But Miro said Mexico was not in the same situation.
"We don't believe there is an important problem or a conflict with the Olympic Charter or autonomy," he said. "The government has requested to some national federations to justify the money the government has given to them. That is more than legitimate. This is completely fine."
The only concern was not with "facts," but with some statements by government officials suggesting that they could replace some sports federation leaders, Miro said.
"This they cannot do," he said. "This would be interference in the autonomy."
Alfredo Castillo, head of Mexico's National Commission of Physical Culture and Sports, has been critical of the Olympic Charter, calling it "the best invention that has been created to avoid monitoring of how public money is spent."
Miro said there has been an exchange of letters between the IOC and a high-level Mexican minister in charge of sports, who told the Olympic body that the government would continue questioning sports spending but would also "respect completely the autonomy."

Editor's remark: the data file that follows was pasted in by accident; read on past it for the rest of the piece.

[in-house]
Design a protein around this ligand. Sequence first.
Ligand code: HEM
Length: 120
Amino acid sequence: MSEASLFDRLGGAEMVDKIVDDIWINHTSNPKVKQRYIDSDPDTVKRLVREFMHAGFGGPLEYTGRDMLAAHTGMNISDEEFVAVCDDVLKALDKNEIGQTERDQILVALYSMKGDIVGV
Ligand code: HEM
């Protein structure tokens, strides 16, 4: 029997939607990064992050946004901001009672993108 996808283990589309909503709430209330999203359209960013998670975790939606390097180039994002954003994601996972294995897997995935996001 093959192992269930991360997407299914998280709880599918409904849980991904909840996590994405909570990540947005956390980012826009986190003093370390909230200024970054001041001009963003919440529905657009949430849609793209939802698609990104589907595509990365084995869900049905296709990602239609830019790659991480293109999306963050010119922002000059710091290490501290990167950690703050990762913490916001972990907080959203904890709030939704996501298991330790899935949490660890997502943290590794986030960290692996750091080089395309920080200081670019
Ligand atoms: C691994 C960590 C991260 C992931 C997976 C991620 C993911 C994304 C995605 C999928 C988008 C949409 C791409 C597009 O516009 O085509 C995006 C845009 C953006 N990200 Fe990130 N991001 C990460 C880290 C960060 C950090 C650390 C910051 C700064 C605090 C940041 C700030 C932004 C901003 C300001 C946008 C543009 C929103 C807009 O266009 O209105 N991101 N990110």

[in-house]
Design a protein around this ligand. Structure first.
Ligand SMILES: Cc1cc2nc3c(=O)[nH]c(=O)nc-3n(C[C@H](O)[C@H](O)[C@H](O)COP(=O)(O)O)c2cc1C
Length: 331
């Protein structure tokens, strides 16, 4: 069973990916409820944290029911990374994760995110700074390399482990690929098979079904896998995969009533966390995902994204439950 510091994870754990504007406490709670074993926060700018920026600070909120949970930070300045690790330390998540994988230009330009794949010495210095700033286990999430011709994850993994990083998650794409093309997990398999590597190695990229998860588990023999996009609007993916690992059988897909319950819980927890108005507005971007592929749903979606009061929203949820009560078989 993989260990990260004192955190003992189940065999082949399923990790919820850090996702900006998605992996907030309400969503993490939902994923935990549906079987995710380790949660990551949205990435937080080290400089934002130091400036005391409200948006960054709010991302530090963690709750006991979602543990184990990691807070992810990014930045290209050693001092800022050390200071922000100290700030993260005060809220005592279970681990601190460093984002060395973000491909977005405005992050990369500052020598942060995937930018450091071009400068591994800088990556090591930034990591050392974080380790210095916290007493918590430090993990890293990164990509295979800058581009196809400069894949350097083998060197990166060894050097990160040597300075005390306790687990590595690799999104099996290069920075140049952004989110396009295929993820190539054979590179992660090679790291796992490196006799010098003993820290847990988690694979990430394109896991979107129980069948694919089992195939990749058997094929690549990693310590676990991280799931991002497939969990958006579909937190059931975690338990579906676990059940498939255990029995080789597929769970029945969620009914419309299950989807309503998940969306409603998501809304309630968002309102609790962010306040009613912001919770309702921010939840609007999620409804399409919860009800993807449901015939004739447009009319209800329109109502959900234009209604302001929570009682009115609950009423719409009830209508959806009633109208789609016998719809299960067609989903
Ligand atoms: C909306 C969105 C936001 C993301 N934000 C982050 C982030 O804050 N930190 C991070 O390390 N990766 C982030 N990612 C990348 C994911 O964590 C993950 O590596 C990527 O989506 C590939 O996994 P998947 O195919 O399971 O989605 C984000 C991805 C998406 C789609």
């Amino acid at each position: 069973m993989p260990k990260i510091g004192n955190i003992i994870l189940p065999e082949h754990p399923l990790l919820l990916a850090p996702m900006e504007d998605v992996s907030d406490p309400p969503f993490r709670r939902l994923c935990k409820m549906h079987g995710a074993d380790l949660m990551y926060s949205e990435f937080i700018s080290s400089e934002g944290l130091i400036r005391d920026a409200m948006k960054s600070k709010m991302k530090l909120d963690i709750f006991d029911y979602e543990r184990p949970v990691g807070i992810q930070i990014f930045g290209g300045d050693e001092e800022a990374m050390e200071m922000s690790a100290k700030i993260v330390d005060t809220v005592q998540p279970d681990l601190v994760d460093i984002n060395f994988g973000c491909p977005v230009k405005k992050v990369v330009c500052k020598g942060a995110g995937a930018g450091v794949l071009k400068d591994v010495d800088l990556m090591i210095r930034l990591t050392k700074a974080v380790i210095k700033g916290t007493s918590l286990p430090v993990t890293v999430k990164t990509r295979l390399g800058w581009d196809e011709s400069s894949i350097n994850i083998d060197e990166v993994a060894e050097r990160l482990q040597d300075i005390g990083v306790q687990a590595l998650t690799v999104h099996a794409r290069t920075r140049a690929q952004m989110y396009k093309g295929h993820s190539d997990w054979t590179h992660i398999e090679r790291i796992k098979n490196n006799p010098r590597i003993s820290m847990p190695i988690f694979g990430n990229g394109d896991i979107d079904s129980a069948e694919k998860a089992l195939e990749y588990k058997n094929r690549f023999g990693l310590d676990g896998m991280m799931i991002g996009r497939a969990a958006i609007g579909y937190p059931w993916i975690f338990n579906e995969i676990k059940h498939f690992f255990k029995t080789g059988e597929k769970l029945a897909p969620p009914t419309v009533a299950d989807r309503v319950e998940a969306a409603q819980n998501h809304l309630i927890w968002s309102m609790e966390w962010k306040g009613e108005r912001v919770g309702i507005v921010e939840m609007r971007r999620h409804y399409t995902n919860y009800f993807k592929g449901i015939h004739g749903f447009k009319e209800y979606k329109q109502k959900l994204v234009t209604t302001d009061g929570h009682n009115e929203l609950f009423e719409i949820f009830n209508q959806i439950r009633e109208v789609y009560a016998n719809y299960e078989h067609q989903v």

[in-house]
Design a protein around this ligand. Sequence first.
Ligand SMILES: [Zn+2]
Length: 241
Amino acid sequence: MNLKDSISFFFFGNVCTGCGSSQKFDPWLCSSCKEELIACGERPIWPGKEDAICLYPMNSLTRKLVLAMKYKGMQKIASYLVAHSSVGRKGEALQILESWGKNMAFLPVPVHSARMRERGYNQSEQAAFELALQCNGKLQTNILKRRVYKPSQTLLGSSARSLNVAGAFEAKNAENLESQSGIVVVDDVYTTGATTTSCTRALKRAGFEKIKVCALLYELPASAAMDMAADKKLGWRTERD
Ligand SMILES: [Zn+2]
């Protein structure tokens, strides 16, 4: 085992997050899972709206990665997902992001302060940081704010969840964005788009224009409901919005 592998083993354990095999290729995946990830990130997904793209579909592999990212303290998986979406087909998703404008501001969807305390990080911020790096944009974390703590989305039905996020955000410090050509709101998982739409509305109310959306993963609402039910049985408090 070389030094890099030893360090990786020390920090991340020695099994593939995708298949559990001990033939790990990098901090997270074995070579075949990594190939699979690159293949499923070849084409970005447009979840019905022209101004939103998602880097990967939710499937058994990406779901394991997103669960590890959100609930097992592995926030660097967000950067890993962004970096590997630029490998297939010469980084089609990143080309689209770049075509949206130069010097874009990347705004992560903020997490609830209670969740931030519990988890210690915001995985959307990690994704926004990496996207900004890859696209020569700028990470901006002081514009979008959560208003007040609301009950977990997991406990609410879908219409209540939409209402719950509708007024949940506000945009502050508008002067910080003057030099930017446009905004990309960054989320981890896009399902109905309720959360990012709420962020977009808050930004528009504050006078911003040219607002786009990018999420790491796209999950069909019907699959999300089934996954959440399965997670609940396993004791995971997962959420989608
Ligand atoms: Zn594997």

"The letter of the minister is very satisfactory." Miro said. "If they act as they say, for us it's absolutely fine."
The IOC has asked the president of the Mexican Olympic Committee and the secretary general of the Pan American Sports Organization to mediate in case of any dispute between the government and sports bodies.
Mexico won the men's soccer gold medal at the 2012 London Olympics, beating Brazil 2-1 in the final. Mexico won a total of seven medals, including three silver and three bronze.
The Associated Press contributed to this report.